Monday, March 31, 2008

Downtown Los Angeles Doesn't Live Up To Hype

Downtown Los Angeles - Night Street View - 1940s (?)

Downtown Los Angeles is not proving to be the magnet for residential living that its developers and boosters anticipated, reports the Los Angeles Times.

The housing slump seems to have disproportionally dampened demand and prices in Downtown Los Angeles, while nearby markets such as Silver Lake-Echo Park remain more or less flat. According to Dataquick, the median sale price for 4th quarter 2007 in Downtown Los Angeles was $497,360 -- 16% below the peak reached in early 2007.

Downtown developers are offering hefty incentives -- from Mini-Coopers to gobs of upgrades -- to lure buyers to languishing units. The Downtown Los Angeles residential building boom -- fueled in part by an easing of parking, zoning and seismic safety rules in 1999 -- may have preceded the influx of services and the wholesale gentrification of neighborhoods that would make the area livable to the residents.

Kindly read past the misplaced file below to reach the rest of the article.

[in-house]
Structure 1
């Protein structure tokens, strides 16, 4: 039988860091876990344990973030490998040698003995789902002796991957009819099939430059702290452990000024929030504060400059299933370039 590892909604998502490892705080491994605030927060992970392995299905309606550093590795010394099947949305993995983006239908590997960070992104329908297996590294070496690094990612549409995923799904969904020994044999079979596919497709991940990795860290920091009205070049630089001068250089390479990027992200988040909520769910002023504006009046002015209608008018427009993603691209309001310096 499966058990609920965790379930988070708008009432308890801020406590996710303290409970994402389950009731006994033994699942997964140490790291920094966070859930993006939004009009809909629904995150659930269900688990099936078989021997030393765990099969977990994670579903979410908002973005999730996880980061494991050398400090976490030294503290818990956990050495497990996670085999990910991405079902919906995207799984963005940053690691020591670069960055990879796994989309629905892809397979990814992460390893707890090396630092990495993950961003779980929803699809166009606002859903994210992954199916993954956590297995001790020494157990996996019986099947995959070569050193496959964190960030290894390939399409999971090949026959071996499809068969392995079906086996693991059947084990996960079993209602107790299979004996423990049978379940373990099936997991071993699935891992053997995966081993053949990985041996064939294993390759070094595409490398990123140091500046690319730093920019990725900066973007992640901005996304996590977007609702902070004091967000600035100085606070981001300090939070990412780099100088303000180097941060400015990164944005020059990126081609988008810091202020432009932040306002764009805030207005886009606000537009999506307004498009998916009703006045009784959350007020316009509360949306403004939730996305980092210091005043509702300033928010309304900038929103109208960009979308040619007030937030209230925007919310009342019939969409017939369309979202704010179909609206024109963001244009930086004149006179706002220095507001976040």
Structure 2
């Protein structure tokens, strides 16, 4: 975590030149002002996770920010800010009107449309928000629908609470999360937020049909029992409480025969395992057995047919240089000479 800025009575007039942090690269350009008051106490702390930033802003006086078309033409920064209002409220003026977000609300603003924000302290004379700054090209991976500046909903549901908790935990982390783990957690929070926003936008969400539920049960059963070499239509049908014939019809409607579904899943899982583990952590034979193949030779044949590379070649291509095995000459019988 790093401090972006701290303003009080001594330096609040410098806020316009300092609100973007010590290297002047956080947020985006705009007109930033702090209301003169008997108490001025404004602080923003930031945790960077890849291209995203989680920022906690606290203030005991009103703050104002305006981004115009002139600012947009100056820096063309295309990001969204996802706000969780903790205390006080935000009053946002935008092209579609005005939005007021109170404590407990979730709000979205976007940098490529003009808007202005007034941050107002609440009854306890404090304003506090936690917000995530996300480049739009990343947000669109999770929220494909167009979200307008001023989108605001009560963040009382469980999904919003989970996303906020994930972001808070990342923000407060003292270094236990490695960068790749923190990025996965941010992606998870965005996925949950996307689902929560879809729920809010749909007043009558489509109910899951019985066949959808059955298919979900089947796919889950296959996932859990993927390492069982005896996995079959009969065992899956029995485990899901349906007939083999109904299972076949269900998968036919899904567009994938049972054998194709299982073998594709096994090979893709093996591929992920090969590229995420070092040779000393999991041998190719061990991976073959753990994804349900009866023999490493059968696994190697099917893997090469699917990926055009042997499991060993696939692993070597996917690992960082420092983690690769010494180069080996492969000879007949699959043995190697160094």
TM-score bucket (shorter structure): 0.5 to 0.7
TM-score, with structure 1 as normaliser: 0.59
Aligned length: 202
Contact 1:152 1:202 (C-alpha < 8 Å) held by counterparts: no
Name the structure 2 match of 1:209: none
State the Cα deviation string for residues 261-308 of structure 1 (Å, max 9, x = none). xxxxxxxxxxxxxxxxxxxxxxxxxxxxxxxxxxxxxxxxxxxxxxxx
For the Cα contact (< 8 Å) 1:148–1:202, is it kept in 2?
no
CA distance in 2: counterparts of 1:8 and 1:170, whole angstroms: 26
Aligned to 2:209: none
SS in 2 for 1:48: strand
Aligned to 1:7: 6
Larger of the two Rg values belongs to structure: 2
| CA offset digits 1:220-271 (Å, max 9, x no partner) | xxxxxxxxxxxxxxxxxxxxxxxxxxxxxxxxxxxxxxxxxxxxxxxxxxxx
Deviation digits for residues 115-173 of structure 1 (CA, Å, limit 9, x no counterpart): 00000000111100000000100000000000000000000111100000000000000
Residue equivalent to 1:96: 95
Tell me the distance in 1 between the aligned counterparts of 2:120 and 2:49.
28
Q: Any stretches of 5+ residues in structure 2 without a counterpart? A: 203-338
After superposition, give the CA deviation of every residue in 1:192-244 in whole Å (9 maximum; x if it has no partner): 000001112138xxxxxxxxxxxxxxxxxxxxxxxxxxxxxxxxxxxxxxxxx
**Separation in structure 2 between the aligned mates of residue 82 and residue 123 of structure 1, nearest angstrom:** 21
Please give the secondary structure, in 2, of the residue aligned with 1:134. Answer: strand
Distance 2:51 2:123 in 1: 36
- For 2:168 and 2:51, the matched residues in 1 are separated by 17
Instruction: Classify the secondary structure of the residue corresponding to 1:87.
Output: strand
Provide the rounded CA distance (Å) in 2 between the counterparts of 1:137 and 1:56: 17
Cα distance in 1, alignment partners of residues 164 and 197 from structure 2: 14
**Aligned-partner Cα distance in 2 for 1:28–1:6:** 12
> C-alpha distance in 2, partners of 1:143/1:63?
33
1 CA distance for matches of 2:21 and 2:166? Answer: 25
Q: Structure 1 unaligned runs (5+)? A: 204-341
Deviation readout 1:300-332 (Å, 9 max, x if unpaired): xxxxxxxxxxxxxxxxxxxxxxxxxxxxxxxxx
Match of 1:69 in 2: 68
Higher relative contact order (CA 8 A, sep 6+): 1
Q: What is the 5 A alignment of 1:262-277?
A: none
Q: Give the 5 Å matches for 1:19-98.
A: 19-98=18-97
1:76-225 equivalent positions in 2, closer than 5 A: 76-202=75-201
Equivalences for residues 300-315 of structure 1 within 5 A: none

With a huge homeless population, lack of green space -- and not a Whole Foods in sight-- Downtown urban pioneers ventured into a transitioning neighborhood that is still quite rough around the edges -- although it may be viewed from the penthouse unit with Brazilian cherry wood floors and Poggenpohl kitchen.

Long-term, the fundamentals are excellent and those buying prime units in the best buildings will likely be rewarded disproportionately in the next housing cycle. With the construction of the Staples Center, Nokia Theater, Disney Concert Hall, the urban core is regaining its cultural luster. Many businesses have established themselves there. And with car-jammed freeways, those who work there will save time and money by living in Downtown Los Angeles. But for now, builders fret and homeowners gnaw their fingernails over a softening local market.


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